It's called Life Series. These powerful, short and amazingly well done videos are specifically designed to help new believers to grow in their new LIFE in Christ.
Jesus was a youth leader. When Peter, Jesus and the rest of the disicples went into Capernaum only Peter and Jesus paid the temple tax (Matthew 17:24-27). If you cross-reference this passage with Exodus 30:14 it becomes clear that the temple tax was only for those 20 years old and older.
If I'm reading these passages correctly, Jesus was a youth leader, with only one adult sponsor (and one really rotten kid named Judas.)
But within the span of 3 1/2 years (about the time a typical teenager is in high school minus summer vacations) he turned those teenagers into teen leaders. After the ascension here's how the big dawg religious leaders of the day viewed them, "When they saw the courage of Peter and John and realized that they were unschooled, ordinary men, they were astonished and they took note that these men had been with Jesus." Acts 4:13.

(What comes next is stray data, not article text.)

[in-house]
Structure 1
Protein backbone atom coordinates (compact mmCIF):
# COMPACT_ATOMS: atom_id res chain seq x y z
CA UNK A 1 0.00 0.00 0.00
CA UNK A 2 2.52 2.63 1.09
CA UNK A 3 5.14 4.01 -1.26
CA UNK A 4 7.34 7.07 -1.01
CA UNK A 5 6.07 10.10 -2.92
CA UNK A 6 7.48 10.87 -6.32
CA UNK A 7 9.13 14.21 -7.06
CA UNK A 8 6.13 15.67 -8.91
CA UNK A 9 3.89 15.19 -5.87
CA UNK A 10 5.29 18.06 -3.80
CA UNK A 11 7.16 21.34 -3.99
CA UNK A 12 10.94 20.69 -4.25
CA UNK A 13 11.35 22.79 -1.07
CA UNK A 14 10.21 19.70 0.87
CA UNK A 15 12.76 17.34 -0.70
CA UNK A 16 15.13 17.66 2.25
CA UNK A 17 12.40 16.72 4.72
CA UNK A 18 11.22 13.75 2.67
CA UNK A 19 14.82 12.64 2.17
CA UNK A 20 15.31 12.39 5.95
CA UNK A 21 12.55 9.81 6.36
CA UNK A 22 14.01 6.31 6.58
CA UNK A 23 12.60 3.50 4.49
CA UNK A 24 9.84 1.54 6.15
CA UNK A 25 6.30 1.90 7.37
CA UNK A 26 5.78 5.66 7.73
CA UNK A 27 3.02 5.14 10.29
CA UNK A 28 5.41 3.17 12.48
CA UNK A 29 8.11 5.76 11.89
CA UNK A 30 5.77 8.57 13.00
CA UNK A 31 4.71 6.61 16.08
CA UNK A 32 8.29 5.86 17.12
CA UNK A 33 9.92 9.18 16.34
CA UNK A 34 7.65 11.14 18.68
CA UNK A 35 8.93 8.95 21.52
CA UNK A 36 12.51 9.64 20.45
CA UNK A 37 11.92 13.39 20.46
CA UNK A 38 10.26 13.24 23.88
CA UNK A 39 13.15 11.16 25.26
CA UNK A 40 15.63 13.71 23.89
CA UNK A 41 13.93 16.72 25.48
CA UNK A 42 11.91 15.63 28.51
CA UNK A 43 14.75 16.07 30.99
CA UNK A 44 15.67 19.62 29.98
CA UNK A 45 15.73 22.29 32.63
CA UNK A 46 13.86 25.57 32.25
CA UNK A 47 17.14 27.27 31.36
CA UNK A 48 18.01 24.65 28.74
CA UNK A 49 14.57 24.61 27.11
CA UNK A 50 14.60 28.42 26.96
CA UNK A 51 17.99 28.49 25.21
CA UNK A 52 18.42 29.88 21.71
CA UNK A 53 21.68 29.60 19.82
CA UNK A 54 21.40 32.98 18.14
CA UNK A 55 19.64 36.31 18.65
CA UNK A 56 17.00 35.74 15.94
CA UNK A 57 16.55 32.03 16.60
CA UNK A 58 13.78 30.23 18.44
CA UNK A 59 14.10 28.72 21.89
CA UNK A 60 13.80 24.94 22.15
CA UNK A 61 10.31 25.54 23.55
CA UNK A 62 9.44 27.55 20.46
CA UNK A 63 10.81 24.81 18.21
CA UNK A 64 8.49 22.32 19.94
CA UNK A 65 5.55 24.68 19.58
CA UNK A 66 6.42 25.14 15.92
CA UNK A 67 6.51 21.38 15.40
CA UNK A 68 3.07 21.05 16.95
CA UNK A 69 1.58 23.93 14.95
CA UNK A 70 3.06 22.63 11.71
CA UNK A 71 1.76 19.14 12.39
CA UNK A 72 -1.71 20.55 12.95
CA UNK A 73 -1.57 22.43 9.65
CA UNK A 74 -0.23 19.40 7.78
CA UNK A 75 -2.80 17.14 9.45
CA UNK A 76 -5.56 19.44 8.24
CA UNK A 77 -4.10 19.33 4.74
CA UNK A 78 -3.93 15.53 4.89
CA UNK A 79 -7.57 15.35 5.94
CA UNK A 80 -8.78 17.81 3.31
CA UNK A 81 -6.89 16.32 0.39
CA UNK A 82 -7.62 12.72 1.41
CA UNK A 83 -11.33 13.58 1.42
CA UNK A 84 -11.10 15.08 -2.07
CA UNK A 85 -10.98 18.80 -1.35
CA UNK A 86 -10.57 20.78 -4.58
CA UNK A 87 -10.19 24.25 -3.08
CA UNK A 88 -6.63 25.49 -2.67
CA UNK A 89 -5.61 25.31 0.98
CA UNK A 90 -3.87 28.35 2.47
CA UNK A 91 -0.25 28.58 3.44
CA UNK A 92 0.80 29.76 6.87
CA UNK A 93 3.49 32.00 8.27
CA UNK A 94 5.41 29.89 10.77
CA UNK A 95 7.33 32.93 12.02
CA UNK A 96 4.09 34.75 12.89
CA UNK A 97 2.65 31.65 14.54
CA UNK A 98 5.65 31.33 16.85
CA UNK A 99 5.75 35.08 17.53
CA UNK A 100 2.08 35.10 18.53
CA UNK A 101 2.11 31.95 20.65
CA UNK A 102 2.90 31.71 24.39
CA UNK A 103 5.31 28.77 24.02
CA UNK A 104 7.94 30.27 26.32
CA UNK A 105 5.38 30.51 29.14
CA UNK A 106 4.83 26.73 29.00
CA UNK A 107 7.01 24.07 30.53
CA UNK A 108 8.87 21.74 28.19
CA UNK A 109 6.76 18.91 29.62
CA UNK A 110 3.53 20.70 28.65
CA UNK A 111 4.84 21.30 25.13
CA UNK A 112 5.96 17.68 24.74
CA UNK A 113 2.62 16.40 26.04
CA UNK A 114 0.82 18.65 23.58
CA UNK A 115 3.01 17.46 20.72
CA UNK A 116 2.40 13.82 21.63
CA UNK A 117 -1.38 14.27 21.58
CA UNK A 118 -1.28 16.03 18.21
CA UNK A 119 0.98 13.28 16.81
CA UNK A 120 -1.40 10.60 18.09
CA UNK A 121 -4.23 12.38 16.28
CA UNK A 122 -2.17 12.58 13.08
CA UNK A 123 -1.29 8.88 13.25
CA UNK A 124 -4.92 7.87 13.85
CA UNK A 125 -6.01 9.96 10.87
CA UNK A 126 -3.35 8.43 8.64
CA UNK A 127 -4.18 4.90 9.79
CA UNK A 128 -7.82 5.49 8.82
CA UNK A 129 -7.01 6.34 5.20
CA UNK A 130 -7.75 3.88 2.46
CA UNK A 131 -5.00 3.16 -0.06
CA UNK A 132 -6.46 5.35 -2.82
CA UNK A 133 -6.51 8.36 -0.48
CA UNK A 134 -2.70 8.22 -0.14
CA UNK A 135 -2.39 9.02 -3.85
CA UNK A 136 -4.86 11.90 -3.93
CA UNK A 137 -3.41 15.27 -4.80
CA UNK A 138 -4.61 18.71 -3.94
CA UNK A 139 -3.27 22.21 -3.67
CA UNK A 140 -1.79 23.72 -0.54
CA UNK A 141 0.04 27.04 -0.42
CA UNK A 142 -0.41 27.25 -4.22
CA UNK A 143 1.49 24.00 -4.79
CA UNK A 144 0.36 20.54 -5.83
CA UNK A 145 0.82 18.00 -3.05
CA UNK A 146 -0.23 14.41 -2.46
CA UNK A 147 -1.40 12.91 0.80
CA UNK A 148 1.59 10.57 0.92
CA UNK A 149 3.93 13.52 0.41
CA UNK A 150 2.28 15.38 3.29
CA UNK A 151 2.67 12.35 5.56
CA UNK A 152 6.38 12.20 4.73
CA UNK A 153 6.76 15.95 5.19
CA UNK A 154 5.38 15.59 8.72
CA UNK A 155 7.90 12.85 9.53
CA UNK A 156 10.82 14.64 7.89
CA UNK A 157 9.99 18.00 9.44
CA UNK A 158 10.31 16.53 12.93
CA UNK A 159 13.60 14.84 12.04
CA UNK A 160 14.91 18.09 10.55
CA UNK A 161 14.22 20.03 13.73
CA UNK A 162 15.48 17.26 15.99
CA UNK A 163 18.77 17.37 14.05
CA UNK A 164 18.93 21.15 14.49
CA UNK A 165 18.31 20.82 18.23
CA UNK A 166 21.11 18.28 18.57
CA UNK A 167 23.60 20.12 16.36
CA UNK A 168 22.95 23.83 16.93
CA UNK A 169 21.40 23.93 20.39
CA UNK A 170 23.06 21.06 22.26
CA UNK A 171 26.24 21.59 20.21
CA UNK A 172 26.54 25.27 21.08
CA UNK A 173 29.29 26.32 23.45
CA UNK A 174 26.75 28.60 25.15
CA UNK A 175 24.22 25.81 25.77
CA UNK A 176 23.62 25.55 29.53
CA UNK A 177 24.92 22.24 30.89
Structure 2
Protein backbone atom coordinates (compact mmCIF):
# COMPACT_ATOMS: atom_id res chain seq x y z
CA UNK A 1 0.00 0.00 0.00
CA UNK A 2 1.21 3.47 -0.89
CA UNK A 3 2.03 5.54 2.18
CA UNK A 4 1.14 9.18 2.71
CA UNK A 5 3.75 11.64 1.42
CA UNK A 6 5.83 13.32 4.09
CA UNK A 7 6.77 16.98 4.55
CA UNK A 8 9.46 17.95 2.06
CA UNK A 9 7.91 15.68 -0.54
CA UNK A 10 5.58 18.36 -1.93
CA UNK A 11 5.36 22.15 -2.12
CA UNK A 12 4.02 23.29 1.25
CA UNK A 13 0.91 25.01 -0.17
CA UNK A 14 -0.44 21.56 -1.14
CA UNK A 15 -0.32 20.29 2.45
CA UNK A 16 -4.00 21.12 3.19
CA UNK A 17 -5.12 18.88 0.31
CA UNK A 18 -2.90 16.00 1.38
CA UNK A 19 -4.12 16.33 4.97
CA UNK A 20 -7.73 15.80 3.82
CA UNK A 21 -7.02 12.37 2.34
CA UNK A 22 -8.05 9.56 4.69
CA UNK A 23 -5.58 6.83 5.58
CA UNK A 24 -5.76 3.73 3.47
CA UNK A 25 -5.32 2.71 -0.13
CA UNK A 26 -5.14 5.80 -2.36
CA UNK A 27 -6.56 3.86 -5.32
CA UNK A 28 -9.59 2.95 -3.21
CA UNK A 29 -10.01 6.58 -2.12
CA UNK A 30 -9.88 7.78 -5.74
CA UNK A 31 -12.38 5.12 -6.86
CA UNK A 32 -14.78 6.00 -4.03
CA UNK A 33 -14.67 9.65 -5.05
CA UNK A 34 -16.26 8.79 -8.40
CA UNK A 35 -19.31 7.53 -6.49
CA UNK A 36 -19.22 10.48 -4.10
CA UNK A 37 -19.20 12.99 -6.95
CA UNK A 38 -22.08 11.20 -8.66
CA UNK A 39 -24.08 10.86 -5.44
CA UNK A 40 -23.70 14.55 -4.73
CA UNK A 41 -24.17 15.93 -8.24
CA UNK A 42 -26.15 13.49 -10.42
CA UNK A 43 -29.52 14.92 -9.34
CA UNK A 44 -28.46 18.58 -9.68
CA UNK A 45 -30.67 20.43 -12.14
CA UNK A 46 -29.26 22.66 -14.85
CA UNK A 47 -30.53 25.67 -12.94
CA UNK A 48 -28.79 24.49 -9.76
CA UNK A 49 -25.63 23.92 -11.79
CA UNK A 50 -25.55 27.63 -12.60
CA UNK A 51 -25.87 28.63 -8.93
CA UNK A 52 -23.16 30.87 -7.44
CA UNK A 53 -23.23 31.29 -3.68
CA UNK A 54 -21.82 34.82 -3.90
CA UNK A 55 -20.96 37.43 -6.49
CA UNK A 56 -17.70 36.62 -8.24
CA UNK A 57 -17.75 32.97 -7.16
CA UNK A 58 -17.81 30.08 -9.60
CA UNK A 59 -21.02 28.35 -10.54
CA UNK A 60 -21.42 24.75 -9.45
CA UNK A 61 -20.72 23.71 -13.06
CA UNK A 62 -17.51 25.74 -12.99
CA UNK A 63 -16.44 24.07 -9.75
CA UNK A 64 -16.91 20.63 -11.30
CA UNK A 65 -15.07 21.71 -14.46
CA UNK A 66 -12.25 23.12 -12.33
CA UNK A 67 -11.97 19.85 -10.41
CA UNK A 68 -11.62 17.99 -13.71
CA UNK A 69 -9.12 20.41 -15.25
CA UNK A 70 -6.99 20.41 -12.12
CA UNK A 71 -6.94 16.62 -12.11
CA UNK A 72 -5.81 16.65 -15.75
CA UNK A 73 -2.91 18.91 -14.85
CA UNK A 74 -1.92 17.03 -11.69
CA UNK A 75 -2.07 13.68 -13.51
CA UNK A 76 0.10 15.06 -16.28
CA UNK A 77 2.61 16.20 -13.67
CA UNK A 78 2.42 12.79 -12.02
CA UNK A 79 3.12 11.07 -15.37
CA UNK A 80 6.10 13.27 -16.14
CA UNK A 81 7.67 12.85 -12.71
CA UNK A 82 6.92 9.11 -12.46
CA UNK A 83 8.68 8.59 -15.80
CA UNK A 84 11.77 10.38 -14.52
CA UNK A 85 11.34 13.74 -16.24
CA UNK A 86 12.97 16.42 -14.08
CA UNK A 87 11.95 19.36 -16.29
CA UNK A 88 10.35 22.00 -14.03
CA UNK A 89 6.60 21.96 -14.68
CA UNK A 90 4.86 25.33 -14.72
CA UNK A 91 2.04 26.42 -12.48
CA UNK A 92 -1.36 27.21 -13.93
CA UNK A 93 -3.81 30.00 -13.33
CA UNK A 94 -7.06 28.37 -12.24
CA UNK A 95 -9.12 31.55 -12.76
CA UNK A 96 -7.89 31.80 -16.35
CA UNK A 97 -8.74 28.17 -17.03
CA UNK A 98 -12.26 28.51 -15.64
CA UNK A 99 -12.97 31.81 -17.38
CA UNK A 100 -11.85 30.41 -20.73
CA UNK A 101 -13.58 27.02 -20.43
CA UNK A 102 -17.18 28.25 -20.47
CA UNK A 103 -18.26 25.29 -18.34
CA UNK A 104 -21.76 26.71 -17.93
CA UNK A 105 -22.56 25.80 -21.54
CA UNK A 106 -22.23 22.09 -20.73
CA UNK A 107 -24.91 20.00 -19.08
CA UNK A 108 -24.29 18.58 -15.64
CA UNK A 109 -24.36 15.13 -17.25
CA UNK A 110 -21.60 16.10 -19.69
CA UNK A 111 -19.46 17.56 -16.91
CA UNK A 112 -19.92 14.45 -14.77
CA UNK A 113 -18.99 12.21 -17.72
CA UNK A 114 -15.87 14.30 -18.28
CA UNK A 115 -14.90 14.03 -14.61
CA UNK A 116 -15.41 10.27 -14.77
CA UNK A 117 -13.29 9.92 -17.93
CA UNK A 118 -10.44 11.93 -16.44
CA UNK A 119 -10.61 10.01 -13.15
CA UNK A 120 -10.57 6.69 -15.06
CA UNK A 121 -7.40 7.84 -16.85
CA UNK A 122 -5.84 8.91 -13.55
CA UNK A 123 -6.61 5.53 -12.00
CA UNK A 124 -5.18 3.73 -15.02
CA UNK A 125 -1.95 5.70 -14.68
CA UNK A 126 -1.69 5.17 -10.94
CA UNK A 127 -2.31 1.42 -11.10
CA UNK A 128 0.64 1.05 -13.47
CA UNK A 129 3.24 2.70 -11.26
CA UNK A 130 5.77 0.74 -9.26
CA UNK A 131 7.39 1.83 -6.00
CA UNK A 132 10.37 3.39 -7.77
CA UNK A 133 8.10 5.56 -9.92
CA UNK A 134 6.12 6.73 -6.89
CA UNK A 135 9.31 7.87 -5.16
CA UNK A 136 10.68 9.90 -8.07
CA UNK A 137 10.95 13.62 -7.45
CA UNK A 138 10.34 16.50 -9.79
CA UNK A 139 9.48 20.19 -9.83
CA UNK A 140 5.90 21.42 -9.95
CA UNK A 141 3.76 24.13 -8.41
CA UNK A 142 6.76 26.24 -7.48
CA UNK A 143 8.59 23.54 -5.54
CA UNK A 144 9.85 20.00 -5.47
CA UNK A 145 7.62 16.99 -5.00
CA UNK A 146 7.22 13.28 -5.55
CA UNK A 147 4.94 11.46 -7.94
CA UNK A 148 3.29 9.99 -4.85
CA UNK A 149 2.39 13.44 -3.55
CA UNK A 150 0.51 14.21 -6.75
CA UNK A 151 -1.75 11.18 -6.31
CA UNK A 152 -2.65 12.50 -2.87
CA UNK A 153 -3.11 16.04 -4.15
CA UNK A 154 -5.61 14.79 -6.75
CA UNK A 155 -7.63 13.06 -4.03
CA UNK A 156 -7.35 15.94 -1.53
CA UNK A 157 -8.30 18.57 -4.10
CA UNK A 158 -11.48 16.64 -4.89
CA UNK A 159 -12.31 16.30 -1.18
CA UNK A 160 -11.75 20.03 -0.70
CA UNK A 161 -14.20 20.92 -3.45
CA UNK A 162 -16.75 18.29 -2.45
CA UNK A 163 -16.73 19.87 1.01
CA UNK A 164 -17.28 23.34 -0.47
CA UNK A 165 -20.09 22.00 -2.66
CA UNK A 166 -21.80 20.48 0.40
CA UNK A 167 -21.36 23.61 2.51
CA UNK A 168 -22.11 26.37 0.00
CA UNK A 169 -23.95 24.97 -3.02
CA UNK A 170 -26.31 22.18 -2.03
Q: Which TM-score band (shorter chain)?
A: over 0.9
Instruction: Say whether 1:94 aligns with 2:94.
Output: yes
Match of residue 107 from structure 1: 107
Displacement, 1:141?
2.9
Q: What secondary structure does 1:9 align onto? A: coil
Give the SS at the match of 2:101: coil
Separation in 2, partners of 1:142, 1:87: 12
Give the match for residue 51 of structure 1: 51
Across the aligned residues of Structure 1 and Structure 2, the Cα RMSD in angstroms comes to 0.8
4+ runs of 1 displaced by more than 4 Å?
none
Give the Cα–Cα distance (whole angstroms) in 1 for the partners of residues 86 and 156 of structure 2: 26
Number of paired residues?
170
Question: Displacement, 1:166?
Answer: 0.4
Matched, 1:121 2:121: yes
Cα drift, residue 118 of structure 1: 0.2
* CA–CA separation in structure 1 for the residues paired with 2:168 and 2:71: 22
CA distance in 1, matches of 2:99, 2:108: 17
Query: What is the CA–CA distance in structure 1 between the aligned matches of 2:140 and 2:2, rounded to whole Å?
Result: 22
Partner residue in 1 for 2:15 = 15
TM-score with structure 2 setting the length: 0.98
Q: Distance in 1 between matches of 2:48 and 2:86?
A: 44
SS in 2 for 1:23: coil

These teen leaders went on .to take the Gospel to the ends of the world. Some even went on to write books that would be included in the canon of Scripture and be used of God to build the church on a firm theological foundation.
I went to a Christian school. My kids go to a Christian school. I'm not anti-Christian school (or home school or public school for that matter.) But I am convinced that Christian schools have a dilemma. The leadership of these schools must decide if they are they going to produce legalists, hedonists or activists.
Over the last 25+ years I have had the privilege of ministering to over a million teenagers and equip tens of thousands of youth leaders to to build Gospel Advancing, disciple-multiplying youth ministries. During this time I have written twenty books either to teenagers or about teenagers. Some would even consider me an "expert" on reaching and discipling the next generation.